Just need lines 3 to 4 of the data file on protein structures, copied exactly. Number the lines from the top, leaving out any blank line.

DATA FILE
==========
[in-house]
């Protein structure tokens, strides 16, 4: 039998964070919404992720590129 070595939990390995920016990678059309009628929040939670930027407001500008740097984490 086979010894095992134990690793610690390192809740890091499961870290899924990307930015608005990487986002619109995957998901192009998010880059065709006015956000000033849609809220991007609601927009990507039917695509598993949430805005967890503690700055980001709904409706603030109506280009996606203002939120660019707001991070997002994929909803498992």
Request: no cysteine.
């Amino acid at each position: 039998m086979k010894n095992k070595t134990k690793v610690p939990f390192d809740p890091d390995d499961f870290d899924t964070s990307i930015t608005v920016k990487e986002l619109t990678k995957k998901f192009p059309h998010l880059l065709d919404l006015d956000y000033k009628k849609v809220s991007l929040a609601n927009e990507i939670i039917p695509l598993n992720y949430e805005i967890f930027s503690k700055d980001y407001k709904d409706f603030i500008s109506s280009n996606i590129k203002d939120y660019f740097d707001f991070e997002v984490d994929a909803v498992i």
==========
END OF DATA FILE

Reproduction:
Request: no cysteine.
């Amino acid at each position: 039998m086979k010894n095992k070595t134990k690793v610690p939990f390192d809740p890091d390995d499961f870290d899924t964070s990307i930015t608005v920016k990487e986002l619109t990678k995957k998901f192009p059309h998010l880059l065709d919404l006015d956000y000033k009628k849609v809220s991007l929040a609601n927009e990507i939670i039917p695509l598993n992720y949430e805005i967890f930027s503690k700055d980001y407001k709904d409706f603030i500008s109506s280009n996606i590129k203002d939120y660019f740097d707001f991070e997002v984490d994929a909803v498992i």